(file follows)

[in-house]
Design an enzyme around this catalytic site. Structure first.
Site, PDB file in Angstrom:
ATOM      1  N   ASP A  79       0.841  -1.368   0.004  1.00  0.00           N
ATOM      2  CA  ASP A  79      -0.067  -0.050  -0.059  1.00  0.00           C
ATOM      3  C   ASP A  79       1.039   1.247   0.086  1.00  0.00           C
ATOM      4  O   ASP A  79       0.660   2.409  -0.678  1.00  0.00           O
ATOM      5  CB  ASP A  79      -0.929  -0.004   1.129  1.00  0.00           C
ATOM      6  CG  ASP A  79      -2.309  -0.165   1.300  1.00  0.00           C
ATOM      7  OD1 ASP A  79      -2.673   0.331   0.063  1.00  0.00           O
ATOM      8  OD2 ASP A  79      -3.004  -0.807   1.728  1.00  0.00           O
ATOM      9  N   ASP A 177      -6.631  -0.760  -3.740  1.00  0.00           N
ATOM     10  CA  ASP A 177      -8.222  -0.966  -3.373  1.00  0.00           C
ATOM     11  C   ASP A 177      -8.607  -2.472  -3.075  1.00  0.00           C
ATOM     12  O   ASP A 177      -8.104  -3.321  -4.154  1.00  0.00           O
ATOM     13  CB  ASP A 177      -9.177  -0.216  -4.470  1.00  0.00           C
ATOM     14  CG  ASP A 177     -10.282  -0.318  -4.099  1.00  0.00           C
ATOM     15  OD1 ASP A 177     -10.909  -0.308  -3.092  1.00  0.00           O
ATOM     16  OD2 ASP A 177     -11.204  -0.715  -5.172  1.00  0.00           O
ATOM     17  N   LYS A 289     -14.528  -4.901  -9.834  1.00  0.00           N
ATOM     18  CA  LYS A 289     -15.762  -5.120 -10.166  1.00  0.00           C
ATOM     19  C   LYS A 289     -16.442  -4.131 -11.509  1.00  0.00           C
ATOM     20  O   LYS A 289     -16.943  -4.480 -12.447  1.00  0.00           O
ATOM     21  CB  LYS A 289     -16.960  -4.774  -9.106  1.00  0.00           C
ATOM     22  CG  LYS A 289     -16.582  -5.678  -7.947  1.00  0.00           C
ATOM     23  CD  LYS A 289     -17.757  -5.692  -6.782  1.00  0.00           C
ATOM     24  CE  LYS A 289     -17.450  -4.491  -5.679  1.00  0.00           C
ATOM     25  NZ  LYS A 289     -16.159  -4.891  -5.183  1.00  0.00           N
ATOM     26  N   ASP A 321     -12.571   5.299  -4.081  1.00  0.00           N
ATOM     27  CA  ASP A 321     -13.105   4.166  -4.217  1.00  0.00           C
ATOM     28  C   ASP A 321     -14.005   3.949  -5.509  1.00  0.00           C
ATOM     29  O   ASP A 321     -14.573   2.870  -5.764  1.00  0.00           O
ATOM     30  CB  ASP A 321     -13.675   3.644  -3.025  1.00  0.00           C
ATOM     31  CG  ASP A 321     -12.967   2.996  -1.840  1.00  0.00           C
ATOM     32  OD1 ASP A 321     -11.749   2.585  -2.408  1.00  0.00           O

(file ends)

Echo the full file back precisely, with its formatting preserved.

[in-house]
Design an enzyme around this catalytic site. Structure first.
Site, PDB file in Angstrom:
ATOM      1  N   ASP A  79       0.841  -1.368   0.004  1.00  0.00           N
ATOM      2  CA  ASP A  79      -0.067  -0.050  -0.059  1.00  0.00           C
ATOM      3  C   ASP A  79       1.039   1.247   0.086  1.00  0.00           C
ATOM      4  O   ASP A  79       0.660   2.409  -0.678  1.00  0.00           O
ATOM      5  CB  ASP A  79      -0.929  -0.004   1.129  1.00  0.00           C
ATOM      6  CG  ASP A  79      -2.309  -0.165   1.300  1.00  0.00           C
ATOM      7  OD1 ASP A  79      -2.673   0.331   0.063  1.00  0.00           O
ATOM      8  OD2 ASP A  79      -3.004  -0.807   1.728  1.00  0.00           O
ATOM      9  N   ASP A 177      -6.631  -0.760  -3.740  1.00  0.00           N
ATOM     10  CA  ASP A 177      -8.222  -0.966  -3.373  1.00  0.00           C
ATOM     11  C   ASP A 177      -8.607  -2.472  -3.075  1.00  0.00           C
ATOM     12  O   ASP A 177      -8.104  -3.321  -4.154  1.00  0.00           O
ATOM     13  CB  ASP A 177      -9.177  -0.216  -4.470  1.00  0.00           C
ATOM     14  CG  ASP A 177     -10.282  -0.318  -4.099  1.00  0.00           C
ATOM     15  OD1 ASP A 177     -10.909  -0.308  -3.092  1.00  0.00           O
ATOM     16  OD2 ASP A 177     -11.204  -0.715  -5.172  1.00  0.00           O
ATOM     17  N   LYS A 289     -14.528  -4.901  -9.834  1.00  0.00           N
ATOM     18  CA  LYS A 289     -15.762  -5.120 -10.166  1.00  0.00           C
ATOM     19  C   LYS A 289     -16.442  -4.131 -11.509  1.00  0.00           C
ATOM     20  O   LYS A 289     -16.943  -4.480 -12.447  1.00  0.00           O
ATOM     21  CB  LYS A 289     -16.960  -4.774  -9.106  1.00  0.00           C
ATOM     22  CG  LYS A 289     -16.582  -5.678  -7.947  1.00  0.00           C
ATOM     23  CD  LYS A 289     -17.757  -5.692  -6.782  1.00  0.00           C
ATOM     24  CE  LYS A 289     -17.450  -4.491  -5.679  1.00  0.00           C
ATOM     25  NZ  LYS A 289     -16.159  -4.891  -5.183  1.00  0.00           N
ATOM     26  N   ASP A 321     -12.571   5.299  -4.081  1.00  0.00           N
ATOM     27  CA  ASP A 321     -13.105   4.166  -4.217  1.00  0.00           C
ATOM     28  C   ASP A 321     -14.005   3.949  -5.509  1.00  0.00           C
ATOM     29  O   ASP A 321     -14.573   2.870  -5.764  1.00  0.00           O
ATOM     30  CB  ASP A 321     -13.675   3.644  -3.025  1.00  0.00           C
ATOM     31  CG  ASP A 321     -12.967   2.996  -1.840  1.00  0.00           C
ATOM     32  OD1 ASP A 321     -11.749   2.585  -2.408  1.00  0.00           O